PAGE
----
The results of the shift to hybrid work are changing the nature of work and management in surprising ways, big and small, and are rippling through the economy and much of society.

FE Future of Work 02
Seth, right, and Nicole Kroll work on their computers while their son Louis, 5, entertains himself at their home in the Jamaica Plain neighborhood of Boston, MA on April 14, 2020. Seth Kroll is one of many parents who has wrestled with the idea of a little extra screen time during the coronavirus stay-at-home advisory.
Craig F. Walker/The Boston Globe/Getty

What Return to Office?

In spite of all the talk about returning to the office, it’s not happening much in real life, according to data gathered by Nicholas Bloom, a Stanford University economist who has been tracking work-from-home trends for several years. In January, a little less than a third of U.S. employees were working remotely more or less full-time, and half were working a hybrid scheduling, combining remote work with time at a physical workplace. Today it’s the same. “The levels have been flat as a pancake,” says Bloom. The numbers of people working from home rose dramatically from a mere 5 percent when the pandemic hit and haven’t changed much in two years.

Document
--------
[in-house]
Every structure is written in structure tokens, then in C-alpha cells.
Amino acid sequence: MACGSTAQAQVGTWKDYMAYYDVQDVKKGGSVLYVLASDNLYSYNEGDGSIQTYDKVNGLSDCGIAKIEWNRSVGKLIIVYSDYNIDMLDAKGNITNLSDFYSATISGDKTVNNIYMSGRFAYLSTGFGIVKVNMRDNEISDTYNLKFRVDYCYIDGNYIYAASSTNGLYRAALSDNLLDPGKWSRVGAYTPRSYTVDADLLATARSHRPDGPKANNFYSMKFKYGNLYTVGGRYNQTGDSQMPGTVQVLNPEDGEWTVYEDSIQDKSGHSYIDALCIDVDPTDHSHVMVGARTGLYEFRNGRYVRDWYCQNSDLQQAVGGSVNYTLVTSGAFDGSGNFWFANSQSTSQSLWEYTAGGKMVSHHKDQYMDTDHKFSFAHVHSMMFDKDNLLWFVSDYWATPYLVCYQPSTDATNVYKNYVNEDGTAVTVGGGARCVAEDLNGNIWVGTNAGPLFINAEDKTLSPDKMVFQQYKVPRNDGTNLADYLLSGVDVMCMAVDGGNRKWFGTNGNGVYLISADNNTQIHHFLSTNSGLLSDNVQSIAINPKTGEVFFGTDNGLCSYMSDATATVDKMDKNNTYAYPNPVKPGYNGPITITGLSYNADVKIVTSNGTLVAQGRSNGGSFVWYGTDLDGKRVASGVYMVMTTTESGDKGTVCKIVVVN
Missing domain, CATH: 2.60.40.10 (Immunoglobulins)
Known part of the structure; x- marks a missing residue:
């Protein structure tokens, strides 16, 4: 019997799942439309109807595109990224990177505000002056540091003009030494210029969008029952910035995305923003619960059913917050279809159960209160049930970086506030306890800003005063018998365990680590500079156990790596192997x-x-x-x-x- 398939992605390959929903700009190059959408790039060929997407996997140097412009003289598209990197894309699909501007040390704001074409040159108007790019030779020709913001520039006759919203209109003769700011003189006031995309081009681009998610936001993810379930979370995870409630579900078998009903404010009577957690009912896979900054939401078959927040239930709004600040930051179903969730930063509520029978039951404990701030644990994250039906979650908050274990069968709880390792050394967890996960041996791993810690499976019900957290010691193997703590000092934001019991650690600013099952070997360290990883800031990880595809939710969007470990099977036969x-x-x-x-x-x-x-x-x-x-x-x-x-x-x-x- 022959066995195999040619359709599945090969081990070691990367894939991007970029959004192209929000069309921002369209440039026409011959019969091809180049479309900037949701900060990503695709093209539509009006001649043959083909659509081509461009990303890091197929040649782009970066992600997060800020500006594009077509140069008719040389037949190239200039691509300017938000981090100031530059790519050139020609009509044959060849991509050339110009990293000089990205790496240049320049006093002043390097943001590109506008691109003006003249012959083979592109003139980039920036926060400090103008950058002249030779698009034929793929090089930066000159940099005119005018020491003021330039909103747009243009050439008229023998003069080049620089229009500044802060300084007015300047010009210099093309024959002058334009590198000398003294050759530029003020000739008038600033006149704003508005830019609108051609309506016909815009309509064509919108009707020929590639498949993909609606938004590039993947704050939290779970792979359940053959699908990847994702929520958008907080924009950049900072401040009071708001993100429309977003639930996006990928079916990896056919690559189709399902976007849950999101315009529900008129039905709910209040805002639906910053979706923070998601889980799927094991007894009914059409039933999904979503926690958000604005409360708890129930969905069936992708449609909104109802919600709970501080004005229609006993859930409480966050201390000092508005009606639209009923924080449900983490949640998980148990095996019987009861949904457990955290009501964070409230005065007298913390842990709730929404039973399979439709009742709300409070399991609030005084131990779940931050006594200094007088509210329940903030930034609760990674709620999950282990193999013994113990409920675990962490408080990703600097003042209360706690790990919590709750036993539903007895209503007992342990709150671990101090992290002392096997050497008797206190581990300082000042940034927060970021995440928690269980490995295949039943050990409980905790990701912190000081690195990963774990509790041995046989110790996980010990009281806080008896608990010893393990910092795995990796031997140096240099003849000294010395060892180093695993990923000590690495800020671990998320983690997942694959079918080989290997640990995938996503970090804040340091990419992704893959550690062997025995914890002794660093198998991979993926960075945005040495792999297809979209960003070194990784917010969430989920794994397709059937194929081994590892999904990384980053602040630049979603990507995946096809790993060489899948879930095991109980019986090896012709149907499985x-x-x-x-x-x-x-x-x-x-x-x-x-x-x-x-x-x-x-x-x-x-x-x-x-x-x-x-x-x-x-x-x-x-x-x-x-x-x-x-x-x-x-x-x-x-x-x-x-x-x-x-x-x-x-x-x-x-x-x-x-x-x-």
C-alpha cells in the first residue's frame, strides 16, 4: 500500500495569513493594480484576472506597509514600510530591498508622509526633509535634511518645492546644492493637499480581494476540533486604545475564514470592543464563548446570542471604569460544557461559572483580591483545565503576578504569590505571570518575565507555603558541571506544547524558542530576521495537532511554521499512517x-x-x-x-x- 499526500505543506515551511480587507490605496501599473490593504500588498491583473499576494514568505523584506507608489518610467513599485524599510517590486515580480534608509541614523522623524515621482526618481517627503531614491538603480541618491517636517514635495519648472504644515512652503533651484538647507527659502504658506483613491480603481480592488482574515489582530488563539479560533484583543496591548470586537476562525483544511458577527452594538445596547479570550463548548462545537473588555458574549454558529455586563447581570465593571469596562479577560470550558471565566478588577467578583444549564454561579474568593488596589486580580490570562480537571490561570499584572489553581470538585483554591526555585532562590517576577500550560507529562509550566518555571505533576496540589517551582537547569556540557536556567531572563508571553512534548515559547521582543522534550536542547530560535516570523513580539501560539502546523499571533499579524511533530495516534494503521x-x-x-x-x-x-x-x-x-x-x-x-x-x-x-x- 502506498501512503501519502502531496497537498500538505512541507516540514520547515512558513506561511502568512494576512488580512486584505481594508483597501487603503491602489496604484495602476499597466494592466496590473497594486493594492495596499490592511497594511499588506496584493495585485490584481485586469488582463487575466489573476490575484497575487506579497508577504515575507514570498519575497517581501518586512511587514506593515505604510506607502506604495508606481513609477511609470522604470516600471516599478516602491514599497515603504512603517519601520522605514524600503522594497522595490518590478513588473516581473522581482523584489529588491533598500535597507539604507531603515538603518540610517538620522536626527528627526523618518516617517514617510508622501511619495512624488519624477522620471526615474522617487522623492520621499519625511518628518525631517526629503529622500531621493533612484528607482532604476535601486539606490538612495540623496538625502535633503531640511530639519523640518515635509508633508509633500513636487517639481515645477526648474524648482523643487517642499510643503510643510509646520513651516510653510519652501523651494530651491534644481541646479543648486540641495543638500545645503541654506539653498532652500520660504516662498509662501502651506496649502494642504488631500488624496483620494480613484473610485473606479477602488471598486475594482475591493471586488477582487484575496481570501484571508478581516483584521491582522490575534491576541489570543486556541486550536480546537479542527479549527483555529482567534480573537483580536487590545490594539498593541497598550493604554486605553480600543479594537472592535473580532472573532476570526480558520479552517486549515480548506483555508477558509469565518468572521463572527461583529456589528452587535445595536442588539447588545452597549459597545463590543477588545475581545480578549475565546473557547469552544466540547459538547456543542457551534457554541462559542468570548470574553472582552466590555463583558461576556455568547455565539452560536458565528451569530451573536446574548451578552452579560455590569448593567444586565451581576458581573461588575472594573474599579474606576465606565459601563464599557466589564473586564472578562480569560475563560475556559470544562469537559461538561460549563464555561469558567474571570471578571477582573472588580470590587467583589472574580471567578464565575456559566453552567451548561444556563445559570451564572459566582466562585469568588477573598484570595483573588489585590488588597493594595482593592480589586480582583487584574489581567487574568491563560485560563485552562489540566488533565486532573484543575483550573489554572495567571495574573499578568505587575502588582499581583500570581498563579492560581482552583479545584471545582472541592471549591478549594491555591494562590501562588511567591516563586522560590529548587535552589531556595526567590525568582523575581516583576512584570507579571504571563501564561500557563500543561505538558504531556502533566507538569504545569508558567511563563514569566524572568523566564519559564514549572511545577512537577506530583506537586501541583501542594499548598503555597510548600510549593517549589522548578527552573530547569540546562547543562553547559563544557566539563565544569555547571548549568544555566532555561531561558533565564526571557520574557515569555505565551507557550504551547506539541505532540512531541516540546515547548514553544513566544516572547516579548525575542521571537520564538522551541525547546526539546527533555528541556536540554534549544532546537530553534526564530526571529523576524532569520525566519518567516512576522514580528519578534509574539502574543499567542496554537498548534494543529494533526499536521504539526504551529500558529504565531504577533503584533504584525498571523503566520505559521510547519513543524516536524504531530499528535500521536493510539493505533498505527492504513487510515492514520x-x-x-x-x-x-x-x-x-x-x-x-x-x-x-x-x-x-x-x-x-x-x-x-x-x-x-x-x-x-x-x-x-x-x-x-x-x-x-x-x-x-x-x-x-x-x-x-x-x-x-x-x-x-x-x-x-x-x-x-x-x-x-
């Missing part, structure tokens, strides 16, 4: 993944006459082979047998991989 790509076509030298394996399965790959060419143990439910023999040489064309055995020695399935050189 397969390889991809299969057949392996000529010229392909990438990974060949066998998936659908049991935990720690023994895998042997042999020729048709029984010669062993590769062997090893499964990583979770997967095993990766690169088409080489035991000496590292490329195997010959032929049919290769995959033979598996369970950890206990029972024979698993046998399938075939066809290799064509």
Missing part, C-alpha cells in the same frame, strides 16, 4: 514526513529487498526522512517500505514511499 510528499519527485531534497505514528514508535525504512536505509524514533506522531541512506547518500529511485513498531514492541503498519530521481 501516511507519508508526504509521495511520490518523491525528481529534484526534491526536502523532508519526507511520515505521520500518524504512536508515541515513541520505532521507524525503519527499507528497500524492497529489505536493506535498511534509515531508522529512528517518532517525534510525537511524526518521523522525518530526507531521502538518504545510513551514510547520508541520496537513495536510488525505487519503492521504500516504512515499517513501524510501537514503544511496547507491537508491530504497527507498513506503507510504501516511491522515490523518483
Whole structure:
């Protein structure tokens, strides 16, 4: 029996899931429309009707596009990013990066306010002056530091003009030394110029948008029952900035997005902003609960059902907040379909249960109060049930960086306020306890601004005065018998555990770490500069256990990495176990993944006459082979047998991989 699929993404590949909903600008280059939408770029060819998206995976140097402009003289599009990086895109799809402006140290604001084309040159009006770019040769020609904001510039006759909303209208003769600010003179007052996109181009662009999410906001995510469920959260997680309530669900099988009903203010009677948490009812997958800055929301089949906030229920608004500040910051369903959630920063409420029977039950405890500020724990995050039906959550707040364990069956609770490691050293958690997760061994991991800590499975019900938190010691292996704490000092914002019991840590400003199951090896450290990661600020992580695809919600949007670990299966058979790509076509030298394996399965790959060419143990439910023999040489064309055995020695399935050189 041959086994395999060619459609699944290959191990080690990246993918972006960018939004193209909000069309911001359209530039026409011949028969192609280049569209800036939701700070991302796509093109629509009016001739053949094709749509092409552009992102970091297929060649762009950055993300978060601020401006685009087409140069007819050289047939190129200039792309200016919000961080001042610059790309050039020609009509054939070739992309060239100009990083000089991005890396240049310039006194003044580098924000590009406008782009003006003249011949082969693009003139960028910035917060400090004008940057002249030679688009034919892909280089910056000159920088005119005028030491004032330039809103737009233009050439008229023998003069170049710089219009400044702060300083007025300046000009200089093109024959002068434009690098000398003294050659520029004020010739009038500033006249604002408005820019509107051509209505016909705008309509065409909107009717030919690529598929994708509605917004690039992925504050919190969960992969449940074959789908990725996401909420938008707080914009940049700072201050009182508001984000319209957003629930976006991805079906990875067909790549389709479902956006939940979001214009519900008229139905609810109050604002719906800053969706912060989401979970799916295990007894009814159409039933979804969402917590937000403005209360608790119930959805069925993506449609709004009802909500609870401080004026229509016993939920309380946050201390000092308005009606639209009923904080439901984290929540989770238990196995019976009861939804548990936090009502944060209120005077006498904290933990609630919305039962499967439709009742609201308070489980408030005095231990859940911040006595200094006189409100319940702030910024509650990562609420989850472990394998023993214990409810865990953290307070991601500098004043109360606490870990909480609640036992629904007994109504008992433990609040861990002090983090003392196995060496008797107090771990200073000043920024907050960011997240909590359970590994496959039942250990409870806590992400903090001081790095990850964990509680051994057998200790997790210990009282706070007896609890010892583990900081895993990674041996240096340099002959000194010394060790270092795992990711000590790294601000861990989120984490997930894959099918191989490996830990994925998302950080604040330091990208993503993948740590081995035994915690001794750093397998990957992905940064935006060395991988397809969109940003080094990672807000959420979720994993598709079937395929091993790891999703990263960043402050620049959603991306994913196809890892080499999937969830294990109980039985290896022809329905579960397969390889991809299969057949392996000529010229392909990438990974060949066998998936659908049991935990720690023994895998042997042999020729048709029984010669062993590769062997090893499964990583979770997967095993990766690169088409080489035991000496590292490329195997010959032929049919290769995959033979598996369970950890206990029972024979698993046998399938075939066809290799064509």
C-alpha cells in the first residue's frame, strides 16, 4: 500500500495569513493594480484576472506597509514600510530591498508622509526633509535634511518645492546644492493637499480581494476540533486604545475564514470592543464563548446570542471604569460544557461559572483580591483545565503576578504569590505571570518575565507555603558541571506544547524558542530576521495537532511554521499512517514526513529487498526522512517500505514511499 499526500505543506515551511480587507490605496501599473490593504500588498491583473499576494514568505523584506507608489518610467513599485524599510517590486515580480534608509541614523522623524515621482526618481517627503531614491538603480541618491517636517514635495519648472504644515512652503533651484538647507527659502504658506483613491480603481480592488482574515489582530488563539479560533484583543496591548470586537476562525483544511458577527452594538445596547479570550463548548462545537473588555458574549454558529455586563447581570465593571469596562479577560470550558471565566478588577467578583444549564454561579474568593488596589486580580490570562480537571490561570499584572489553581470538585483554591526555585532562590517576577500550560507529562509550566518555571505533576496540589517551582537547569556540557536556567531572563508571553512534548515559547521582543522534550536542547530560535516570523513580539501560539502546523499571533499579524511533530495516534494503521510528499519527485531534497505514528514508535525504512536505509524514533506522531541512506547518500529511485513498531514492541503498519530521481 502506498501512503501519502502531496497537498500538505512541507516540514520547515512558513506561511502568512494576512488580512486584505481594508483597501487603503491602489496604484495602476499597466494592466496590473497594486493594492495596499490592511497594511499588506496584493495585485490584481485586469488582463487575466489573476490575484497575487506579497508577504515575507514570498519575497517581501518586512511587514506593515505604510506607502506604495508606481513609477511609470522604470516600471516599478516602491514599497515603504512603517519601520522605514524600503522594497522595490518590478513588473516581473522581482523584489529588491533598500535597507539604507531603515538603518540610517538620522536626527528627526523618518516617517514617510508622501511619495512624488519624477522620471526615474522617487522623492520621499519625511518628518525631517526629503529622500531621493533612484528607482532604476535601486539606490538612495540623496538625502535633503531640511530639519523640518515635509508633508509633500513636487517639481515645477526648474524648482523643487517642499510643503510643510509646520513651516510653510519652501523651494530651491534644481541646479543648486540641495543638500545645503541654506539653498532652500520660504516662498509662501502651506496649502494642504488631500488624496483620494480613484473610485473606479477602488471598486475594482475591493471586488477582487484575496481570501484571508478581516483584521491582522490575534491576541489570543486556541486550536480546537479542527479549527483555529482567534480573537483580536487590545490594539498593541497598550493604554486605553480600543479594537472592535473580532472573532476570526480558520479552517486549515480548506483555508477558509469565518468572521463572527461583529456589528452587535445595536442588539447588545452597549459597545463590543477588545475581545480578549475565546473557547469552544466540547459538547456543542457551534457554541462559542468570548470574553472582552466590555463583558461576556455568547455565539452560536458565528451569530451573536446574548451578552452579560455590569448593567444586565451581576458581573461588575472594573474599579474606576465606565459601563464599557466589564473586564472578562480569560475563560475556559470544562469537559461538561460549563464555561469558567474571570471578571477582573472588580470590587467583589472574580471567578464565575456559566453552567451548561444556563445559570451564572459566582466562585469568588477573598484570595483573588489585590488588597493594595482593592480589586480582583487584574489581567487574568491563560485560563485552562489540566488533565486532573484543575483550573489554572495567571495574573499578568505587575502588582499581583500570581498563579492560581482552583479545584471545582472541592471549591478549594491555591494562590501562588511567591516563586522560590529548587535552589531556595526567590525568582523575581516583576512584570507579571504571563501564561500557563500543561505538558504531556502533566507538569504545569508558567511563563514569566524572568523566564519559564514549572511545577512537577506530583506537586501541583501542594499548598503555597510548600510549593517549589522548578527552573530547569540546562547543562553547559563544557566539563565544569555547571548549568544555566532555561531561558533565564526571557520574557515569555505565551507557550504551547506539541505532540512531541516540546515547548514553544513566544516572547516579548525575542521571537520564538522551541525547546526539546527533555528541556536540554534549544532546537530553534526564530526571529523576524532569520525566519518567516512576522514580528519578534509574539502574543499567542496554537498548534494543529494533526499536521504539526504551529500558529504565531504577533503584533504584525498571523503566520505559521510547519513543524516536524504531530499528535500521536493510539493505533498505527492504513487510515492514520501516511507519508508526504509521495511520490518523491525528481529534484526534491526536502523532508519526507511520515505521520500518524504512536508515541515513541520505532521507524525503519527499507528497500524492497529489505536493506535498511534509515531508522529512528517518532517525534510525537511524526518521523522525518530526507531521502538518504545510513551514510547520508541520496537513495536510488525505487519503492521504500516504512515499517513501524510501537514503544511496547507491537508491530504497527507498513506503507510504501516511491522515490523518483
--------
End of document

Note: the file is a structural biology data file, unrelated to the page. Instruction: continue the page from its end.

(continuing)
The trend toward more working from home has been building for decades, says Bloom, doubling every 15 years. The pandemic increased levels by a factor of six, rocketing the trend 40 years into the future. Now only a fifth of U.S. employees work in an office full-time.

FE Future of Work 03
A single rider waits on a train platform at the Archives station as weekday rail ridership across the Metro system is down nearly 90-percent due to the coronavirus pandemic March 25, 2020 in Washington, DC. The Washington Metropolitan Area Transit Authority is closing more than a dozen stations for an indefinite period beginning March 26 in an effort to limit the mass transit system’s staffing and cleaning requirements amid the COVID-19 outbreak.
Chip Somodevilla/Getty

Despite the headlines, few companies are trying to buck that trend. Google, Meta and Zoom aren’t actually forcing employees to go back to the full-time in-the-office policy that was the norm pre-pandemic. In fact, they and other big companies pushing for the end of fully remote work are asking for employees to work part-time in the office, in most cases three days a week, and even then not necessarily for full 9-to-5 days.

The federal government is being flexible, too, despite several pronouncements from President Joe Biden about the need to get federal employees back into offices. Across Washington government offices occupancy rates were averaging about 20 percent toward the end of the pandemic, and there’s little evidence much has changed. The Federal Aviation Administration has reportedly asked employees to work in the office three days a week, and there’s no sign that other agencies are asking more than that. “These sorts of policies seem very reasonable,” says Bloom.